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Evil Dead Rise

Evil Dead Rise

We've waded through blood and guts to give a rating to New Line Cinema's latest Evil Dead remake.

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The Deadites are back! This time, however, the focus is not on young people being terrorised in a forest cabin, but on an estranged family. The reunion between two sisters who have drifted apart from each other's lives doesn't last long when the older sister's son finds a copy of the Necronomicon, and once he flips through the pages of death, an evil comes to life in the apartment they inhabit and slaughters everything in its path. The only way to survive is to stick together, but that becomes difficult when the demon keeps finding new ways to separate the vulnerable family.

Evil Dead Rise is a reboot of Sam Raimi's cult classic horror films, but it works just as well as a sequel because the premise is as simple as the last one: an indescribable, unstoppable evil is messing with everyone until it's time to bring out the raging chainsaw. Everything from razor-sharp drone blades to rusty graters are used here, and after watching it you feel drenched in blood, guts and brain matter. It's also overflowing in clichés for those who know their splatter horror and often you find yourself in that "why is she taking so long" seat when you have time to dissect the slapstick scenes. However, I'm mostly being picky, because there is also a lot to be gained in terms of pace, intensity and focus. Lee Cronin's keen narrative skills are as sharp as the many tools used to butcher bodies. Cutting up the formula of the series and welding new limbs and ingredients to it in this sequel, Cronin not only manages to capture that twisted Sam Raimi signature, but he manages to make his own mark as a filmmaker, such as when a massacre is witnessed from a peephole and how the tight perspective leaves some things to your morbid imagination.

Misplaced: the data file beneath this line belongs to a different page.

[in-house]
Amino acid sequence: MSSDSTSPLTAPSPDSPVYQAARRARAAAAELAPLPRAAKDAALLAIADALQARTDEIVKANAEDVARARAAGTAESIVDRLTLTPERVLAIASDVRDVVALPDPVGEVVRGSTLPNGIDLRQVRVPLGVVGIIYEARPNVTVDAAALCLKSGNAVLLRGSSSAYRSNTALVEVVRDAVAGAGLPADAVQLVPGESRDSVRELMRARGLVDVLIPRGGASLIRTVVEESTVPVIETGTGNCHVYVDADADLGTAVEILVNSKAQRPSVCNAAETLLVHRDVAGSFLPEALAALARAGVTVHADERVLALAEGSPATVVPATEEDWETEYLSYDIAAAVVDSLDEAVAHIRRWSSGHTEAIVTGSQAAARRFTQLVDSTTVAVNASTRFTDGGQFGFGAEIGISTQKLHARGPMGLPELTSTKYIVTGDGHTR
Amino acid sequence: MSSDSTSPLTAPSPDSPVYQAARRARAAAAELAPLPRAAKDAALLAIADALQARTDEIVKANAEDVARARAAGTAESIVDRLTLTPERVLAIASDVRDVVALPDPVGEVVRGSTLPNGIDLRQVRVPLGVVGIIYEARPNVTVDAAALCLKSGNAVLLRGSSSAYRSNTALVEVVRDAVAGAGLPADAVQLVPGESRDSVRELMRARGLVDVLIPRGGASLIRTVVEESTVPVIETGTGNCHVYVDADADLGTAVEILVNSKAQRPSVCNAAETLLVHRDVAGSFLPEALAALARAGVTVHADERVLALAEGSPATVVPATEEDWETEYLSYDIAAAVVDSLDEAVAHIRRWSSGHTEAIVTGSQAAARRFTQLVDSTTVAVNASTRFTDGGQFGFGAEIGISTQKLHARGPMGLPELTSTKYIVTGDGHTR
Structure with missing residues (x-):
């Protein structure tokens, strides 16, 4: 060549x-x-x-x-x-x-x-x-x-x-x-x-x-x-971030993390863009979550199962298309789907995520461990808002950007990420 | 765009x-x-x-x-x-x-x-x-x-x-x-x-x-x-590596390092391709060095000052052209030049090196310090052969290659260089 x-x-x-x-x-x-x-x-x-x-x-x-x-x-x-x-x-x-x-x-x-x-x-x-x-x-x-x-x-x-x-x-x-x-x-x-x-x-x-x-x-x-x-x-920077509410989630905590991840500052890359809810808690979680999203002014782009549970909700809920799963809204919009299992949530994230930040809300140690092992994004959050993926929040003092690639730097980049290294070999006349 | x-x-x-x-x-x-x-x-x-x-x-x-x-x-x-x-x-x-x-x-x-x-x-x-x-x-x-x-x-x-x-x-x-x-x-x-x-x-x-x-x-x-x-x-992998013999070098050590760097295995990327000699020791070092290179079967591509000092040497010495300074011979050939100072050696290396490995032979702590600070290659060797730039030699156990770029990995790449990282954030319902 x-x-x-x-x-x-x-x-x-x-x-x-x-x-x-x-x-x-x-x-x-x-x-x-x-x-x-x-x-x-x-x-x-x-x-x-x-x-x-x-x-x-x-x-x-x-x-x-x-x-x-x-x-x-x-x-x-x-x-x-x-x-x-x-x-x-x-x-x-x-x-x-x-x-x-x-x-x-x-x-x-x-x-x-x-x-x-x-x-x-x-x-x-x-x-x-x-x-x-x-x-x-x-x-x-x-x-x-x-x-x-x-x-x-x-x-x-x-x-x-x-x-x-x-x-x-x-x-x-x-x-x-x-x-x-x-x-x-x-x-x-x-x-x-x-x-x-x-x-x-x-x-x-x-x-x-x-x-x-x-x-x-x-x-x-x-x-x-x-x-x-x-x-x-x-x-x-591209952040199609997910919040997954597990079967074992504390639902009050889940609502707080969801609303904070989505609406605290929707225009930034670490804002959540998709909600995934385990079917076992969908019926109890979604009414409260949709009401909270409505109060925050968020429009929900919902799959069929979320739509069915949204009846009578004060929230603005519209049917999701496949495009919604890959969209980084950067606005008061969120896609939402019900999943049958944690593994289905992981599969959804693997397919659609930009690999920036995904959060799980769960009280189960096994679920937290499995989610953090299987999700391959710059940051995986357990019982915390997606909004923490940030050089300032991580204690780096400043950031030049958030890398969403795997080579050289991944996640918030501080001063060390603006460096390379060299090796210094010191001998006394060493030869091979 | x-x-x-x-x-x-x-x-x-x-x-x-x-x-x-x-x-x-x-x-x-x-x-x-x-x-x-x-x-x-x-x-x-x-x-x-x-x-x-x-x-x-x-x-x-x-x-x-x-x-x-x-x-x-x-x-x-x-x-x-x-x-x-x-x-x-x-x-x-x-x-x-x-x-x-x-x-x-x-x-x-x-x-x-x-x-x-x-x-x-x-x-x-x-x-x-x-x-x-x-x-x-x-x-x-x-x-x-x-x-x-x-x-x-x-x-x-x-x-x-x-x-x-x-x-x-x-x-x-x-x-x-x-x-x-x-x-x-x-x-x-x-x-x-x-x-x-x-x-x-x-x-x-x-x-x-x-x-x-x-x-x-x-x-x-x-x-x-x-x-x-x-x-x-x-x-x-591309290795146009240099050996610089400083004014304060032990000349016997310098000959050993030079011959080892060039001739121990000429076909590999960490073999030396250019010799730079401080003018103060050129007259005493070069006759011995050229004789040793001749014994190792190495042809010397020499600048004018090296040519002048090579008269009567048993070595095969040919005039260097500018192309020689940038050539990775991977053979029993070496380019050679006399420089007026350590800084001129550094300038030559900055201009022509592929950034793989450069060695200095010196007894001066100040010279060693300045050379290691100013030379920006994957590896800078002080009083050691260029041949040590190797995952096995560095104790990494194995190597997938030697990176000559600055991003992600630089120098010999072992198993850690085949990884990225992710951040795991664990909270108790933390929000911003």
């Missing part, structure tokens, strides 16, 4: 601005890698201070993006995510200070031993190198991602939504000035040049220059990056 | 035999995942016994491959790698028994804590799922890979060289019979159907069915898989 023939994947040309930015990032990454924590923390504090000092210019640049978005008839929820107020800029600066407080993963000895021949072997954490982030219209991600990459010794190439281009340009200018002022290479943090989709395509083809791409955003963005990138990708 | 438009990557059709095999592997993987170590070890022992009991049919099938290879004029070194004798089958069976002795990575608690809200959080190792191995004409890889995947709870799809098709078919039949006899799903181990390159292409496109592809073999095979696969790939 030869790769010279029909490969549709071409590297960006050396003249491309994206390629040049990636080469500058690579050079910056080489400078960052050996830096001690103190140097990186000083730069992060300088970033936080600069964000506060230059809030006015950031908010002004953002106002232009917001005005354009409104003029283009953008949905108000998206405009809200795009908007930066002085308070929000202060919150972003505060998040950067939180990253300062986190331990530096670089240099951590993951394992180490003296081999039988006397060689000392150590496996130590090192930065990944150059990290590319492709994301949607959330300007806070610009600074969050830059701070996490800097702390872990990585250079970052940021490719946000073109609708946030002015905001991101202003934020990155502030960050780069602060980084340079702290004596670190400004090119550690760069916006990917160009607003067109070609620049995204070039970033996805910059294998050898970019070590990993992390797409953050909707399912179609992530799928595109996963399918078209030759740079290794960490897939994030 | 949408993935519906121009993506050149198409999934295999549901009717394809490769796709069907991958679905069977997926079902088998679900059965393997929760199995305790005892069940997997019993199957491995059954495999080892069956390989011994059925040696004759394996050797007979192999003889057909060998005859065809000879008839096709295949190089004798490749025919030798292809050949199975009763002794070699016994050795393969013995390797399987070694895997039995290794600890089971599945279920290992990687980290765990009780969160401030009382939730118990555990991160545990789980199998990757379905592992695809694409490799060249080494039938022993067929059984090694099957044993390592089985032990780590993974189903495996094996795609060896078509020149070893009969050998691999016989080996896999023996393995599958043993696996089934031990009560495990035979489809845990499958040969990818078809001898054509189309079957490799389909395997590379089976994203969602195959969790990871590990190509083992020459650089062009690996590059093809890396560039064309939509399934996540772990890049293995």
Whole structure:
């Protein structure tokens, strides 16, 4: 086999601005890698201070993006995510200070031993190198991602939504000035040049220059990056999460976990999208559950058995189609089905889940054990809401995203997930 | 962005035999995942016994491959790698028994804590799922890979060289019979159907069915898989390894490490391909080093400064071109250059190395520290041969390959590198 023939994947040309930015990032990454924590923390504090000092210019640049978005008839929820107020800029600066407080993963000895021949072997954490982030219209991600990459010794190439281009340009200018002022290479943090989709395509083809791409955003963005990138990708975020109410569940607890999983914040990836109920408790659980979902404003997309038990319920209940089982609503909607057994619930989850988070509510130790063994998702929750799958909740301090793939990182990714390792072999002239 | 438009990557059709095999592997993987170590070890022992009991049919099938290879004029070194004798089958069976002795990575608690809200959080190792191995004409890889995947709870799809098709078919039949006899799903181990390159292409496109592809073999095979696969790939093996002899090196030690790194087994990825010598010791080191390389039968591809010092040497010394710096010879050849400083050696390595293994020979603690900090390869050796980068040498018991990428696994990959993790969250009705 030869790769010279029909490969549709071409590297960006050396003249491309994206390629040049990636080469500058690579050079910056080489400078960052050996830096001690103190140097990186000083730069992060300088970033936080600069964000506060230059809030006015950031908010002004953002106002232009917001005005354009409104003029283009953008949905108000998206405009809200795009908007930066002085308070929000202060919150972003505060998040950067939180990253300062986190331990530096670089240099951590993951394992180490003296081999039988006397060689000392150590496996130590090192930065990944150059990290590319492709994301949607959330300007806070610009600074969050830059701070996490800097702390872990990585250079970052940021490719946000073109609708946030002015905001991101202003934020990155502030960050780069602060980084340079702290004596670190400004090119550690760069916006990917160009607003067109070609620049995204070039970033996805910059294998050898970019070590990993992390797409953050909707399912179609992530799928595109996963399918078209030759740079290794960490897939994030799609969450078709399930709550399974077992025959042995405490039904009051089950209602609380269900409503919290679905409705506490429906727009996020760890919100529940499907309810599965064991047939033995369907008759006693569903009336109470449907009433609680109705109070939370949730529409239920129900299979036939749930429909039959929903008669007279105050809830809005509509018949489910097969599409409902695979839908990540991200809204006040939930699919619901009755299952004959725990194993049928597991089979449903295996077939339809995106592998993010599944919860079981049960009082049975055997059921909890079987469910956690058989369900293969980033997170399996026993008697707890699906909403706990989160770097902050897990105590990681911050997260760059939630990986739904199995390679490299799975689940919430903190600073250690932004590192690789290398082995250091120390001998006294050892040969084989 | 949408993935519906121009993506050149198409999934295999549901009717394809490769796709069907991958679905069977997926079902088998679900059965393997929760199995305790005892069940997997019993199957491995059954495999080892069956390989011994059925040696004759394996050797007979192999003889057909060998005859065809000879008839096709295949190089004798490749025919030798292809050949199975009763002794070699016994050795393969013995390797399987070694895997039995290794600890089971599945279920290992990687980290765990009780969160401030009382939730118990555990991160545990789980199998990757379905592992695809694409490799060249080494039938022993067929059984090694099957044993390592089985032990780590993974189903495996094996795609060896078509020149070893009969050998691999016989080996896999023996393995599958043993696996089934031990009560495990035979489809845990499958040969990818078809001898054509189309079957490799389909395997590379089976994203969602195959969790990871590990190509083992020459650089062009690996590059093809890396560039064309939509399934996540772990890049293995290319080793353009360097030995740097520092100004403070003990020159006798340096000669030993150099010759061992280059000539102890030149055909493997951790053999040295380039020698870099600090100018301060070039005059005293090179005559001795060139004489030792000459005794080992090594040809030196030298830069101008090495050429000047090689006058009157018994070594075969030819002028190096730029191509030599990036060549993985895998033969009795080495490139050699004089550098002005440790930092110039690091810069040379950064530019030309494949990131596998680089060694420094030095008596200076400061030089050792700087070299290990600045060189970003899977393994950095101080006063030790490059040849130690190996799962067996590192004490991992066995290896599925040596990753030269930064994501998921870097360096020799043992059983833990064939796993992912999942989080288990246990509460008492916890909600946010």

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It's simply exciting to have a film where you don't always know what's going to happen. Hollywood films often use child characters that you know will make it to the end of the film. In this film? Don't always be sure. Granted, it's easy to figure out how the ending will play out and I wish the filmmakers had used more of the apartment and its inhabitants, but that doesn't make it any less entertaining because it, and the claustrophobic space offered, are used extensively. It's delightfully evil and disgusting at times, just the way splatter fans like it. The film's best asset is also Alyssa Sutherland, who is downright delightful in her terrifying role as a possessed mother and dominates every scene her wide-eyed demon face pops up in.

It would have been easy for the filmmakers to rely solely on old Evil Dead tropes, as with the chainsaw that appears towards the end, but it really works for Cronin to centre the horror around a small family and also works well as a launching point for even more Evil Dead nastiness. It may not be as grotesque as the otherwise mediocre 2013 film or as delightfully weird as Raimi's series, but the balance of drama, dark humour and violence is great once the terror starts. It's not a ground-breaking horror, but Evil Dead Rise still manages to rekindle the brilliance of the series with its love of fleshy messes. After seeing the film, you'll feel like you've been bathed in blood, brain slime and cranial pieces, which is the best thing you can say about an Evil Dead film.

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Evil Dead Rise
07 Gamereactor UK
7 / 10
overall score
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Evil Dead Rise

Evil Dead Rise

MOVIE REVIEW. Written by André Lamartine

We've waded through blood and guts to give a rating to New Line Cinema's latest Evil Dead remake.



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